by: Dada Alice Mwemera and Ben Tsang, Youth Engagement Coordinators
“Bullying” is a word without much strength behind it today.
In the past, I have personally shared my concerns about bullying with an adult and their reply would often be “it will get better,” “it is part of growing up,” or “sometimes you just don’t get along with everyone.” This response made me feel powerless, as though I was being overly emotional and needed to just accept the situation.
Somehow the word “bullying” did not communicate to adults the pain I felt and lasting damage that it was causing.
It is time to realize that bullying is a serious issue, linked to depression, low self-esteem, bad grades, anxiety, aggression and even suicide attempts among many children, youth and adults! Bullying is not harmless. It is not the same as teasing or just a little fight, nor should it be viewed as an accepted and natural part of growing up.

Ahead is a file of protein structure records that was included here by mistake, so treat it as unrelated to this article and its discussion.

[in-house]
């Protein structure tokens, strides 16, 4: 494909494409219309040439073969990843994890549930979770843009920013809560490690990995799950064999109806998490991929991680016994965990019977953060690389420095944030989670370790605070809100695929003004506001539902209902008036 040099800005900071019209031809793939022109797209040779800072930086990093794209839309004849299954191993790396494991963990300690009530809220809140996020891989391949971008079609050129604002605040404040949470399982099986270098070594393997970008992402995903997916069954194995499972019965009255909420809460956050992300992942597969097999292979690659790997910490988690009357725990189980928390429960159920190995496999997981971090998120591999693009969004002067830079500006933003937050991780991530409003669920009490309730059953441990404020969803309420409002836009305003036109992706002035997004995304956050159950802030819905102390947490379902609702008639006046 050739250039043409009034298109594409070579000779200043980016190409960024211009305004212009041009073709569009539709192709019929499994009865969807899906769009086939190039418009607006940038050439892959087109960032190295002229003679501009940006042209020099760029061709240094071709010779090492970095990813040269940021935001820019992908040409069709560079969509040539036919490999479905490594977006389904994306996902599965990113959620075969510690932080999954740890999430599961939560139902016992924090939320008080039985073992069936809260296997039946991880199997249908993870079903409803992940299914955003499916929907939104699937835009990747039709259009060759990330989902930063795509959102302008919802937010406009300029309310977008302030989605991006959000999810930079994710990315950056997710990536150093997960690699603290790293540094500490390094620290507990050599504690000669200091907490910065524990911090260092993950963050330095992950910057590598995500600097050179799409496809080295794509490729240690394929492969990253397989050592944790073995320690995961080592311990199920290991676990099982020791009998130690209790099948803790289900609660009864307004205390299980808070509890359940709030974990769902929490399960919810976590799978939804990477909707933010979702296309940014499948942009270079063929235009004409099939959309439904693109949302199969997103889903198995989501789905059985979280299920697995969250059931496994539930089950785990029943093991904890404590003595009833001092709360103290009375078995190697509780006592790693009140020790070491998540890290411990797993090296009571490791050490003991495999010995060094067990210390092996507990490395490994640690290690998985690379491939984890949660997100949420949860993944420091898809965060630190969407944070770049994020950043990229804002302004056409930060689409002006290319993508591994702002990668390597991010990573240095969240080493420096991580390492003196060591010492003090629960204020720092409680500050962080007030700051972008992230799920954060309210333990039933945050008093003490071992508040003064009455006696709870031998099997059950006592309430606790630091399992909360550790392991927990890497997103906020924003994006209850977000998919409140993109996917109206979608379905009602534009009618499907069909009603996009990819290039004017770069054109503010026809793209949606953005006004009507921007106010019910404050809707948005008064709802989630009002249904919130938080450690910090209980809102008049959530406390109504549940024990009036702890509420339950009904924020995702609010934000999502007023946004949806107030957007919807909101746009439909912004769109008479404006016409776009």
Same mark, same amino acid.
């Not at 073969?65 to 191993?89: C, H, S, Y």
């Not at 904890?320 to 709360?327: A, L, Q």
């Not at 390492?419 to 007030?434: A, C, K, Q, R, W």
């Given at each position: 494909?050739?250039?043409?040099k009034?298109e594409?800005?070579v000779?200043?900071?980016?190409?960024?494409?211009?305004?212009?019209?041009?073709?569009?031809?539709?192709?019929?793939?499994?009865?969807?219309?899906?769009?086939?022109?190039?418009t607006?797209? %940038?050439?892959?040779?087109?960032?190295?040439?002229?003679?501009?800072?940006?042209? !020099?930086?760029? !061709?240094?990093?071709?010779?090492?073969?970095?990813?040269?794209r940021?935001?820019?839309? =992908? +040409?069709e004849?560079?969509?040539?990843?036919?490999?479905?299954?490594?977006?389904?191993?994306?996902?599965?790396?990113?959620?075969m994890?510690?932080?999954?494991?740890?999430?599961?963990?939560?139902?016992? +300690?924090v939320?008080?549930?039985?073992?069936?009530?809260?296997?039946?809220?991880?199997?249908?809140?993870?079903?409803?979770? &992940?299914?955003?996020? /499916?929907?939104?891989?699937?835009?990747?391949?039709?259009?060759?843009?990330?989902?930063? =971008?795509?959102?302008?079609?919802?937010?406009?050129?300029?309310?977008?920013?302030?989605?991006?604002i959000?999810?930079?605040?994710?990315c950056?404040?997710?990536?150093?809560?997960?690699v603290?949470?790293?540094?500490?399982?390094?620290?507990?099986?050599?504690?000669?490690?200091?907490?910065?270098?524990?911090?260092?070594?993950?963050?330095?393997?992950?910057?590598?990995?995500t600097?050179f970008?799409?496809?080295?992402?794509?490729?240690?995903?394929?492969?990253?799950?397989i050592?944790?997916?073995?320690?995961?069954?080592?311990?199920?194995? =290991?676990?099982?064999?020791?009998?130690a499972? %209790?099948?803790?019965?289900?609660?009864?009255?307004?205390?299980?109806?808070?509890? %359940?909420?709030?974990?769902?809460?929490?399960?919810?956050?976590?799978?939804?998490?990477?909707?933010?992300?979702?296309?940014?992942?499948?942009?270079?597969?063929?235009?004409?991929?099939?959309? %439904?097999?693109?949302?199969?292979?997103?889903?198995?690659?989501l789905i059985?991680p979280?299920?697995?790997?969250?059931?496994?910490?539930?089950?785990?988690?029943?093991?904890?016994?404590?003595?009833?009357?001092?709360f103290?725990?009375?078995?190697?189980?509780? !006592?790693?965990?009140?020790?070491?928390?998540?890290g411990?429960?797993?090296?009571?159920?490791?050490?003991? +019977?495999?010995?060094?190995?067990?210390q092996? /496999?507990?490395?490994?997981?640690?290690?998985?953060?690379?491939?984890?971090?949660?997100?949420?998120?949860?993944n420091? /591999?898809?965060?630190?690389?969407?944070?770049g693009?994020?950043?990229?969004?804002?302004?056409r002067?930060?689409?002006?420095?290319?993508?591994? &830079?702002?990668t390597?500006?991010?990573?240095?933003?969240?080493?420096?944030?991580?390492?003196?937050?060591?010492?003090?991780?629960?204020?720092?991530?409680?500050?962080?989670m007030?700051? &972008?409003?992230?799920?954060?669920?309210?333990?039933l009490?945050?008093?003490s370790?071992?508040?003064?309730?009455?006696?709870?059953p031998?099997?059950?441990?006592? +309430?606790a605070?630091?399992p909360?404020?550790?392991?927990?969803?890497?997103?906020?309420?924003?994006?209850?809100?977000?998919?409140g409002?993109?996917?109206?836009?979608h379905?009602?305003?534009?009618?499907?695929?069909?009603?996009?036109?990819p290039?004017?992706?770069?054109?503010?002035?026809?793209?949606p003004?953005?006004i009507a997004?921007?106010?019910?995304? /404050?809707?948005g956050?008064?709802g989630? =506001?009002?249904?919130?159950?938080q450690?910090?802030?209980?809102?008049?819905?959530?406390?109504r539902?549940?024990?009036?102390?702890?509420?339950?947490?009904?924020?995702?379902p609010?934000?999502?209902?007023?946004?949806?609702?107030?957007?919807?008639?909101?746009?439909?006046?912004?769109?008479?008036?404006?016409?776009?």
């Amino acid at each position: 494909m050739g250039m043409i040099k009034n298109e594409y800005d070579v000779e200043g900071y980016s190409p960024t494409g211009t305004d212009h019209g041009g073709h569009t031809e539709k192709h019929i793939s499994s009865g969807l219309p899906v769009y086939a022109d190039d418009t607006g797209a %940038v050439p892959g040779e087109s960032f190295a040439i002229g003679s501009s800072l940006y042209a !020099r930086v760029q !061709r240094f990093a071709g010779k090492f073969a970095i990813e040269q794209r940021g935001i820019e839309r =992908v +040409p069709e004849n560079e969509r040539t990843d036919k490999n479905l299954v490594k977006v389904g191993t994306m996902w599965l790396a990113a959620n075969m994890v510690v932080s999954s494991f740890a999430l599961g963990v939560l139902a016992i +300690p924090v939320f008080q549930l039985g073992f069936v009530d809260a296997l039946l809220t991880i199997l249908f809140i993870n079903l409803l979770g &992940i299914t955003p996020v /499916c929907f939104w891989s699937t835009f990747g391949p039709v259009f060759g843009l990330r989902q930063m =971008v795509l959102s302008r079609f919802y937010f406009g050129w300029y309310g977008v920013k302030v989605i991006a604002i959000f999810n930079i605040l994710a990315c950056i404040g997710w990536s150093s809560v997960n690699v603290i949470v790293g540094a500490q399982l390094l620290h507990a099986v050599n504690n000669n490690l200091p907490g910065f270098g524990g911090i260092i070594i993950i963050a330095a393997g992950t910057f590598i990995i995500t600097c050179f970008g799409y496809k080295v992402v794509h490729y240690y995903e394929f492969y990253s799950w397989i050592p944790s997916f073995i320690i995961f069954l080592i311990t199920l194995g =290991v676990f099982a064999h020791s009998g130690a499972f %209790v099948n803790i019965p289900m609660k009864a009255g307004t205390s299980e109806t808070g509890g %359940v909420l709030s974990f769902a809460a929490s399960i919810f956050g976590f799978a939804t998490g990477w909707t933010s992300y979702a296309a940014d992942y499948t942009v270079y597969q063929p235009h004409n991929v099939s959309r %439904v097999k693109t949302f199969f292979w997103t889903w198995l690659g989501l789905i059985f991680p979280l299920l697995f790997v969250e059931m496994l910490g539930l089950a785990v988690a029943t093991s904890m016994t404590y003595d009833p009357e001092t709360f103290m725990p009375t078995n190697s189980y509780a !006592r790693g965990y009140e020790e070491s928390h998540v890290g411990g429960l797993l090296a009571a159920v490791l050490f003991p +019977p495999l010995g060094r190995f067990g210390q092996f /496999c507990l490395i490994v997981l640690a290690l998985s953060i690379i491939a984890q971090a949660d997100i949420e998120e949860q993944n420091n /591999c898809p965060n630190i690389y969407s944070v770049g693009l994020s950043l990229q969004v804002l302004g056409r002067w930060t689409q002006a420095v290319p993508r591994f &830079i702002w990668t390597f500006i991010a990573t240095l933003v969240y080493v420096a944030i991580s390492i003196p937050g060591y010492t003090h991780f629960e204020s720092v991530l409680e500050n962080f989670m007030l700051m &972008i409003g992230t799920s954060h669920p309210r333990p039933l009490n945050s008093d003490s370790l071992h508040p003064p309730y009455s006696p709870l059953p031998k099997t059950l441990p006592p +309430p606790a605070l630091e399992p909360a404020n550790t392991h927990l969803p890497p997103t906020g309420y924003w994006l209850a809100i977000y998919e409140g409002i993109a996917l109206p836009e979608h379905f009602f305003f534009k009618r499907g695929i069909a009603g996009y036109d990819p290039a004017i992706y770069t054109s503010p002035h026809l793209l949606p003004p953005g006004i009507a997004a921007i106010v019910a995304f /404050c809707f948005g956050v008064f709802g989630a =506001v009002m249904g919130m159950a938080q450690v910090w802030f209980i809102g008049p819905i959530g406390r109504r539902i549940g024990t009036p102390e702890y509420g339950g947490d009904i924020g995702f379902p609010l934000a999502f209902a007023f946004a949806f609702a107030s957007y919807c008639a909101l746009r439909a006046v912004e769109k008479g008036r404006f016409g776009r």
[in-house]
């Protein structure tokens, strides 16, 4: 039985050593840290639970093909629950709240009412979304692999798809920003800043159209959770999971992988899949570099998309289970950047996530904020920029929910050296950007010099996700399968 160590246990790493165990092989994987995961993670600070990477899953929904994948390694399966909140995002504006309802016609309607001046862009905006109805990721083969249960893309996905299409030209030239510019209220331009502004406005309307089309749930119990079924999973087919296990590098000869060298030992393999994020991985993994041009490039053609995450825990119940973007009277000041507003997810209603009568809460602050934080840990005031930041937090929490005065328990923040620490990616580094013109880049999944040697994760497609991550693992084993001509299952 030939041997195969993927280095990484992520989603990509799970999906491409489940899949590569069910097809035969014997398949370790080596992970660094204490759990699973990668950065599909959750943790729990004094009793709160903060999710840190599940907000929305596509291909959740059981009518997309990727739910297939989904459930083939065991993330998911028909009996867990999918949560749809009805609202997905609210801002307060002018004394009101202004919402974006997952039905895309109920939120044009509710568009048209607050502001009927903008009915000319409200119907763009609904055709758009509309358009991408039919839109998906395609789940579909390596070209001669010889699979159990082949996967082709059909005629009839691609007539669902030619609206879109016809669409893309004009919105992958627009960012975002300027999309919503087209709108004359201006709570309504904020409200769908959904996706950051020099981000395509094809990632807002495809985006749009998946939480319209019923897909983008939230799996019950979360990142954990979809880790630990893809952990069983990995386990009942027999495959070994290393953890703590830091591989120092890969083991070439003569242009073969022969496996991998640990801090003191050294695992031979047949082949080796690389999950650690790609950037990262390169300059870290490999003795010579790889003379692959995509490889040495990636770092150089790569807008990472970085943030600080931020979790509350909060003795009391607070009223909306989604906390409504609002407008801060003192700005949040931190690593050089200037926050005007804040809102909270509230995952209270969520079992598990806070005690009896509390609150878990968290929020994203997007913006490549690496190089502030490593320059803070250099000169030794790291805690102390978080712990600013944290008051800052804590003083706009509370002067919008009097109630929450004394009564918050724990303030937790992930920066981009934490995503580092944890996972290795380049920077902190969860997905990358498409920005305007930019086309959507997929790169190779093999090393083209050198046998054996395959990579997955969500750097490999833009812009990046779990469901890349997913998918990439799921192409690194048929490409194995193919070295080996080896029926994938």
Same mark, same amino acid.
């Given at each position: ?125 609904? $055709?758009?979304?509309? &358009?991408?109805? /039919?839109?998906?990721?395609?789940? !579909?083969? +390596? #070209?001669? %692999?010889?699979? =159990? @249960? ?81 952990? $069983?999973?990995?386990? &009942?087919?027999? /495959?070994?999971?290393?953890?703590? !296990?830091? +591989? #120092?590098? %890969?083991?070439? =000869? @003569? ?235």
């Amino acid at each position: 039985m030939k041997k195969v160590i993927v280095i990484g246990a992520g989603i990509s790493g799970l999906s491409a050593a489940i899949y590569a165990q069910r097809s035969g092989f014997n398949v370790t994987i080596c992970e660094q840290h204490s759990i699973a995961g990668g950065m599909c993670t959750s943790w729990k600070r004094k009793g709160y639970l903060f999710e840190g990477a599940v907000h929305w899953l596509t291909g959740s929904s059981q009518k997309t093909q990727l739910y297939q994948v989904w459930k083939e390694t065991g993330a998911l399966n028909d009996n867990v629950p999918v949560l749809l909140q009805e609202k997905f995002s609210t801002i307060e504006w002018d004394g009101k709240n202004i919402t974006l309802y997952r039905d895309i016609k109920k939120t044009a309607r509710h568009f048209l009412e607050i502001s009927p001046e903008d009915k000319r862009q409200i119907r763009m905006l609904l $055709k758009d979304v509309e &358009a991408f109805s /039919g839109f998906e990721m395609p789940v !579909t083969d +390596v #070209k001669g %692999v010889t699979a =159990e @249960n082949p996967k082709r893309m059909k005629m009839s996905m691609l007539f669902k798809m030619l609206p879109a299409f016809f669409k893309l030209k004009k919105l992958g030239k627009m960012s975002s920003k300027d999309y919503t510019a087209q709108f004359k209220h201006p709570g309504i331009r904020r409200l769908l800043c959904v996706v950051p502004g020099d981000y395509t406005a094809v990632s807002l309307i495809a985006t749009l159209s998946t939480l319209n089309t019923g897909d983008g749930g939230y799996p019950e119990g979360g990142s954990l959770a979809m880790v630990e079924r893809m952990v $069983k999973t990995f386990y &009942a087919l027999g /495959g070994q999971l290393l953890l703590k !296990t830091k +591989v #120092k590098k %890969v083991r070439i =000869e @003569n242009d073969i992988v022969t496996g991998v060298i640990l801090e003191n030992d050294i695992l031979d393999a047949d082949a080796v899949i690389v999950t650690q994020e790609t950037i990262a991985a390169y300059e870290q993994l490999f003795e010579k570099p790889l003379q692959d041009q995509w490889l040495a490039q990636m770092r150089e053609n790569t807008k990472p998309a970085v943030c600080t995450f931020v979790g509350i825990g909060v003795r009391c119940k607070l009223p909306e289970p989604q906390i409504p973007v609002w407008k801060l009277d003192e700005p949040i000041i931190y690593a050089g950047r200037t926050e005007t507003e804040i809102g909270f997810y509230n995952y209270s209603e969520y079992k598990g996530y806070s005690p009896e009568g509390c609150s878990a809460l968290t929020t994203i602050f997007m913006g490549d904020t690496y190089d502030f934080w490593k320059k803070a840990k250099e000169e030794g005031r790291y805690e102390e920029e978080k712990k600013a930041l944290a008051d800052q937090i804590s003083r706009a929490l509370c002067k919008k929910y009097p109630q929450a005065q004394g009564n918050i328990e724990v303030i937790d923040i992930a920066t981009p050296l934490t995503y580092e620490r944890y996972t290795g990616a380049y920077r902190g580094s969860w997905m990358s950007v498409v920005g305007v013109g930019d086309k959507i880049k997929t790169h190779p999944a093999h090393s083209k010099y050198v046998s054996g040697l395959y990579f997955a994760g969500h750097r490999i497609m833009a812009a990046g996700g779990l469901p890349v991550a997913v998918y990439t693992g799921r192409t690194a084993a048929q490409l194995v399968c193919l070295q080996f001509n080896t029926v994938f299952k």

Before we make lasting changes, we need to really understand what we mean when we say “bullying.” Bullying is very common among children and youth, therefore instead of approaching the word and the concept of bullying from the typical mature adult perspective of “it will get better,” or “it’s a normal part of growing up,” we need to engage youth in a discussion.
We need to listen to their struggles, to the traumatic emotions they face so that we may fully grasp the impacts of bullying on them and develop solutions together that will work to restore positive healthy relationships in their lives.
This article appeared in our November 2014 News Bulletin. Click here to read the rest of the bulletin!